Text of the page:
Ms. RHEE: Yes. I mean, when I took this job, I, you know, took it really thinking, you know, that I - this would be my first and last superintendency. I'm still inclined to think that that's exactly right.
I mean, I'm having lots of conversations with different people, and what's exciting to me is that there are so many jurisdictions out there - both local school districts and states - who seem to have really courageous leaders who are ready to take on the tough challenges of really serious school reform.
And so I've enjoyed those conversations, and I'll continue to have them. But my thought right now is probably I won't be in a role like this again.
MARTIN: Why not?
Ms. RHEE: Because having had this experience, I think that one of the things that we need to understand is that there has to be more progress at the national level in terms of how we give politicians the cover that they need, knowing that sometimes when you make difficult decisions, they may not be popular, but they're the right things for kids and they're the right things for schools. So how do you reconcile those things?
I think that's, you know, an area that really needs to be addressed, and potentially one that has to be addressed before a lot of really aggressive reforms happen at the local level.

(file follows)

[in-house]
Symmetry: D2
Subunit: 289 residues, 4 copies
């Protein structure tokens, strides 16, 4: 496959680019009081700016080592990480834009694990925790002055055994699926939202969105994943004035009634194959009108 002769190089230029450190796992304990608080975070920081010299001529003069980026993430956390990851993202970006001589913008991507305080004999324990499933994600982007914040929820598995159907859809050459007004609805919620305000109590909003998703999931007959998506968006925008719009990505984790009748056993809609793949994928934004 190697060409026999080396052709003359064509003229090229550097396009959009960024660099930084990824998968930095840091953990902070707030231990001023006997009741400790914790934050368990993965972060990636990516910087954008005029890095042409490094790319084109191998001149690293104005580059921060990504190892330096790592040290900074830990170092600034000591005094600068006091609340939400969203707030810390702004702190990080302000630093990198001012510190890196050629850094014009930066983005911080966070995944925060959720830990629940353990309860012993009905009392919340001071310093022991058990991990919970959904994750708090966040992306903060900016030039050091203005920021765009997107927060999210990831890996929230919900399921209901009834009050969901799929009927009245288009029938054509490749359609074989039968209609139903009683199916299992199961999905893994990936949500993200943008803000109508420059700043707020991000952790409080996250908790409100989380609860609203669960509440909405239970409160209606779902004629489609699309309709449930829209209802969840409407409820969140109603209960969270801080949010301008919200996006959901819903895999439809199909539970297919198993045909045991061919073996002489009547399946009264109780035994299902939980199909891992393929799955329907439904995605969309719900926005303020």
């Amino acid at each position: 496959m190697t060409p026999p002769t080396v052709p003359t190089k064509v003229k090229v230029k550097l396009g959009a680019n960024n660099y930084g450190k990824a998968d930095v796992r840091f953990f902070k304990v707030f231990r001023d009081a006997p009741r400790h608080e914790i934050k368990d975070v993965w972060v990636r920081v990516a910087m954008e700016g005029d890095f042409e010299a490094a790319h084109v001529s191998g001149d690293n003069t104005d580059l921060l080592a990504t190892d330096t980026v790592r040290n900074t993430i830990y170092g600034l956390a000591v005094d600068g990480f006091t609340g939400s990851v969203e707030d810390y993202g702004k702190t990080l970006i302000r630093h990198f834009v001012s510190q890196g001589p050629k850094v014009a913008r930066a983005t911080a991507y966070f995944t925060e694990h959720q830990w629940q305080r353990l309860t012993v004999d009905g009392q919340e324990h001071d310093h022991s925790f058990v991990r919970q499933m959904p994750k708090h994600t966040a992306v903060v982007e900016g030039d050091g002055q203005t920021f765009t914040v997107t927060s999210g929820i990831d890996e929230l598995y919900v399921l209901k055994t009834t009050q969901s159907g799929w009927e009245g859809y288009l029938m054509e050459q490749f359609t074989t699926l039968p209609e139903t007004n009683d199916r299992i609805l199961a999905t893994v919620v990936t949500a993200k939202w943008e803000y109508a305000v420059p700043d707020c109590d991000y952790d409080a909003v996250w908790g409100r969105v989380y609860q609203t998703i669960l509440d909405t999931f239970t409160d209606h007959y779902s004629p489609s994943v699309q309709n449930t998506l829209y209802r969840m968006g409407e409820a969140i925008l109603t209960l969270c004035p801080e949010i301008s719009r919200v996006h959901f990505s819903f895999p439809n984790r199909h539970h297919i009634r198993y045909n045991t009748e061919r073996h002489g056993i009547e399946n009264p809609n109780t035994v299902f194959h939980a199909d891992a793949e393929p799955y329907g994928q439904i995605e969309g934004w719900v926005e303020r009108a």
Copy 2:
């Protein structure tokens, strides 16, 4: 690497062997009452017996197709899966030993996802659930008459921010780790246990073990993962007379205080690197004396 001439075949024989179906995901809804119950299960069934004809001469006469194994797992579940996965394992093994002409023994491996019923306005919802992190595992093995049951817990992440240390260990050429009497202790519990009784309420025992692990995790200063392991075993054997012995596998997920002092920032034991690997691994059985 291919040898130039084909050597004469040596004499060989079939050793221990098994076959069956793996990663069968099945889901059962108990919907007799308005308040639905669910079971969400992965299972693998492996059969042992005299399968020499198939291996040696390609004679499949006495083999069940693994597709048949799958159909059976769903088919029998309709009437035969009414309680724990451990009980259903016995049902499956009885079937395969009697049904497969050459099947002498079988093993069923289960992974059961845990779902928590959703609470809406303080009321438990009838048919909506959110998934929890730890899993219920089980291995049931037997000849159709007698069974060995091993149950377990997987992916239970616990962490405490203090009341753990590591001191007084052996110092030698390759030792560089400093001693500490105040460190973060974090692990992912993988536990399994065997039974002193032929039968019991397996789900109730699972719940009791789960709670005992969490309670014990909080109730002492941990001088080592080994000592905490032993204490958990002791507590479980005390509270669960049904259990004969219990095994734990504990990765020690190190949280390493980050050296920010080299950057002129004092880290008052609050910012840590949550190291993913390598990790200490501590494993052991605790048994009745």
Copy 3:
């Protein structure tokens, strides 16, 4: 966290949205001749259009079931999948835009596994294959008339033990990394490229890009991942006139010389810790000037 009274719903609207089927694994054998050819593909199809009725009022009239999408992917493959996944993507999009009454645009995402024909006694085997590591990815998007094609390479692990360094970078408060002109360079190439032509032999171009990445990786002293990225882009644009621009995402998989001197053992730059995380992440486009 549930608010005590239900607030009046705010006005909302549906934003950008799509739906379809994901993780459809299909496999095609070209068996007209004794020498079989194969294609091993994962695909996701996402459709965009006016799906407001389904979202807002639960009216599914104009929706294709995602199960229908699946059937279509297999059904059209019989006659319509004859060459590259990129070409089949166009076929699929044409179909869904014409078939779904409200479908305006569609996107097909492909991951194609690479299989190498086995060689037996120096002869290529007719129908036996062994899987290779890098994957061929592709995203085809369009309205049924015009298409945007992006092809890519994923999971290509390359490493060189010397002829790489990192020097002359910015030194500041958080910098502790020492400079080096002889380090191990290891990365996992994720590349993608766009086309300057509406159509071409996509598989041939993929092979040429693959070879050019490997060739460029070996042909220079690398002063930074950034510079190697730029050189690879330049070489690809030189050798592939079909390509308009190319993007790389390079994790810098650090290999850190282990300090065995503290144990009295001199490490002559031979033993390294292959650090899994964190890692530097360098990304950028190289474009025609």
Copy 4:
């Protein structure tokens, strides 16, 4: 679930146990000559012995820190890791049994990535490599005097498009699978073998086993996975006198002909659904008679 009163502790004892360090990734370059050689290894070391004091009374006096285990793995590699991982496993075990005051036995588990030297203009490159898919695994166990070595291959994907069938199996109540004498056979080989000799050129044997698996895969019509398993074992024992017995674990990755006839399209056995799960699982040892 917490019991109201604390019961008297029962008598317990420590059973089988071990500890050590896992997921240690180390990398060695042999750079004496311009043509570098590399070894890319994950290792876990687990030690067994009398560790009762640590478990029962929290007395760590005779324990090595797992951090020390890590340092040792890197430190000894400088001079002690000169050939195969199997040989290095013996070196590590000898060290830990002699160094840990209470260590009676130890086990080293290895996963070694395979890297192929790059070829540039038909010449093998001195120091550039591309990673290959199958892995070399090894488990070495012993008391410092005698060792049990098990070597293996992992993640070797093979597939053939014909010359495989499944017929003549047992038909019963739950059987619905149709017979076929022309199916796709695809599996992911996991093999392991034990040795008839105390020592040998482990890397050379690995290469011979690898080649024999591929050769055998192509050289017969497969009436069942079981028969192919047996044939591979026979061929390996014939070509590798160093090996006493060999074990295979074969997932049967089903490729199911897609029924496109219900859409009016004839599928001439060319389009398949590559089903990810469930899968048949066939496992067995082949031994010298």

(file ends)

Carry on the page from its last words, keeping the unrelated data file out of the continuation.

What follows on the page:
So, you know, I took this job on specifically because of the opportunity that was provided to me with Mayor Fenty. I think he was an incredibly unusual politician in that he was willing to sort of put everything else aside and say, you know what? I'm willing to put my political career on the line to do what's right by kids.
And so maybe he's ruined me a little bit for being a superintendent in another district, because his support was so unequivocal.
MARTIN: Well, you certainly have lots of things to contemplate, including a new marriage. And we want to wish you our - we want to offer our very best wishes to you on this next stage of your life.
Ms. RHEE: Thank you.
MARTIN: And do you - what do you think we should draw from what happened here? What do you think the rest of the country should think about, as we think about, you know, your tenure here in D.C. Is there a broader lesson?
Ms. RHEE: Well, I think there is, and I think it's that we really need to think critically as a nation about how we are going to support politicians who are willing to make courageous stands and make the right decisions for kids. And I think we have to be willing to get into some heated debates and arguments with the unions and other folks and not be afraid of that.
You know, it's - you always have to remain respectful. That's incredibly important. But there are some fundamental disagreements that we as educators have in this country right now about what to prioritize and how to make decisions, and I think that it's important for us to not shy away from those debates.
MARTIN: Michelle Rhee, thank you so much for speaking with us.
Ms. RHEE: Absolutely. Thank you.